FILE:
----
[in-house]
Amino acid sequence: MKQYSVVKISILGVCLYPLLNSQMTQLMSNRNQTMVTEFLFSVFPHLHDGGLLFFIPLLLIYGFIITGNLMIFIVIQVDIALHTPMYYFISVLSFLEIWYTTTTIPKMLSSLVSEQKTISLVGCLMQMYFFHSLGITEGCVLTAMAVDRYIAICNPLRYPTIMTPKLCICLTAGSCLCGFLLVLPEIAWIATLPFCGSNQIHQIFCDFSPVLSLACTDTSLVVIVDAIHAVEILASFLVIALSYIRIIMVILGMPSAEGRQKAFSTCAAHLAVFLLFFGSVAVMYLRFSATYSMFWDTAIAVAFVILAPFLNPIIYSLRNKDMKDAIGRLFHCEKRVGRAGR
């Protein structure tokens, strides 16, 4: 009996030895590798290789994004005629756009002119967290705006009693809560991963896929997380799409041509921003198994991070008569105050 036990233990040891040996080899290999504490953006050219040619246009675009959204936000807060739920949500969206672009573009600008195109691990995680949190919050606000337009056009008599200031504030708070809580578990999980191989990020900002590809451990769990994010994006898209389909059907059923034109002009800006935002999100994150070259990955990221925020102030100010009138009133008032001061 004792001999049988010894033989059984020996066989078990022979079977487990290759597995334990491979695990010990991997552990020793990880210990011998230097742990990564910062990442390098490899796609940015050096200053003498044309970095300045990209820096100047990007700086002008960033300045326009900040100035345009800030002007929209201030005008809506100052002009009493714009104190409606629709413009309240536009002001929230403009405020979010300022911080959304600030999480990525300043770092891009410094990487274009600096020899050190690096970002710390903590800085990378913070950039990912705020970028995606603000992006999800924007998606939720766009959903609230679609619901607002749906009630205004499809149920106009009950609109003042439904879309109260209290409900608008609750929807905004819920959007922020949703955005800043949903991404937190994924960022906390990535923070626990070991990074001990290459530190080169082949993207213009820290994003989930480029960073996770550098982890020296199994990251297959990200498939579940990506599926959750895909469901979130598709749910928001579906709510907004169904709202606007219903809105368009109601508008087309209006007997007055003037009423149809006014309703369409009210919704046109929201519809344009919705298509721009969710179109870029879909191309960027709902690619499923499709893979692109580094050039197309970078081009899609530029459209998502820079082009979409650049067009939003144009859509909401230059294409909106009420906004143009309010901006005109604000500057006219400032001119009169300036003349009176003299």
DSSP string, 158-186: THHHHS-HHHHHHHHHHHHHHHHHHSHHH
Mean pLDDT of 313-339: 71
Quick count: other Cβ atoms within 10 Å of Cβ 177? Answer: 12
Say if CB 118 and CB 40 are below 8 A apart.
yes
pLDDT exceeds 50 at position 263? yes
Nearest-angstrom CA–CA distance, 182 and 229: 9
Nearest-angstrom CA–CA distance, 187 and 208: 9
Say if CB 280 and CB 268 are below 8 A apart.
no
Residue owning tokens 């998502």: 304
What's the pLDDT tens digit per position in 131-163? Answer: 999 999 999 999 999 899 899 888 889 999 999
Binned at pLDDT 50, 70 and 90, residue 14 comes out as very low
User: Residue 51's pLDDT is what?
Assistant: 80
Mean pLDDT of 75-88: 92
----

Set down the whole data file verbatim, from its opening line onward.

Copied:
[in-house]
Amino acid sequence: MKQYSVVKISILGVCLYPLLNSQMTQLMSNRNQTMVTEFLFSVFPHLHDGGLLFFIPLLLIYGFIITGNLMIFIVIQVDIALHTPMYYFISVLSFLEIWYTTTTIPKMLSSLVSEQKTISLVGCLMQMYFFHSLGITEGCVLTAMAVDRYIAICNPLRYPTIMTPKLCICLTAGSCLCGFLLVLPEIAWIATLPFCGSNQIHQIFCDFSPVLSLACTDTSLVVIVDAIHAVEILASFLVIALSYIRIIMVILGMPSAEGRQKAFSTCAAHLAVFLLFFGSVAVMYLRFSATYSMFWDTAIAVAFVILAPFLNPIIYSLRNKDMKDAIGRLFHCEKRVGRAGR
């Protein structure tokens, strides 16, 4: 009996030895590798290789994004005629756009002119967290705006009693809560991963896929997380799409041509921003198994991070008569105050 036990233990040891040996080899290999504490953006050219040619246009675009959204936000807060739920949500969206672009573009600008195109691990995680949190919050606000337009056009008599200031504030708070809580578990999980191989990020900002590809451990769990994010994006898209389909059907059923034109002009800006935002999100994150070259990955990221925020102030100010009138009133008032001061 004792001999049988010894033989059984020996066989078990022979079977487990290759597995334990491979695990010990991997552990020793990880210990011998230097742990990564910062990442390098490899796609940015050096200053003498044309970095300045990209820096100047990007700086002008960033300045326009900040100035345009800030002007929209201030005008809506100052002009009493714009104190409606629709413009309240536009002001929230403009405020979010300022911080959304600030999480990525300043770092891009410094990487274009600096020899050190690096970002710390903590800085990378913070950039990912705020970028995606603000992006999800924007998606939720766009959903609230679609619901607002749906009630205004499809149920106009009950609109003042439904879309109260209290409900608008609750929807905004819920959007922020949703955005800043949903991404937190994924960022906390990535923070626990070991990074001990290459530190080169082949993207213009820290994003989930480029960073996770550098982890020296199994990251297959990200498939579940990506599926959750895909469901979130598709749910928001579906709510907004169904709202606007219903809105368009109601508008087309209006007997007055003037009423149809006014309703369409009210919704046109929201519809344009919705298509721009969710179109870029879909191309960027709902690619499923499709893979692109580094050039197309970078081009899609530029459209998502820079082009979409650049067009939003144009859509909401230059294409909106009420906004143009309010901006005109604000500057006219400032001119009169300036003349009176003299």
DSSP string, 158-186: THHHHS-HHHHHHHHHHHHHHHHHHSHHH
Mean pLDDT of 313-339: 71
Quick count: other Cβ atoms within 10 Å of Cβ 177? Answer: 12
Say if CB 118 and CB 40 are below 8 A apart.
yes
pLDDT exceeds 50 at position 263? yes
Nearest-angstrom CA–CA distance, 182 and 229: 9
Nearest-angstrom CA–CA distance, 187 and 208: 9
Say if CB 280 and CB 268 are below 8 A apart.
no
Residue owning tokens 């998502």: 304
What's the pLDDT tens digit per position in 131-163? Answer: 999 999 999 999 999 899 899 888 889 999 999
Binned at pLDDT 50, 70 and 90, residue 14 comes out as very low
User: Residue 51's pLDDT is what?
Assistant: 80
Mean pLDDT of 75-88: 92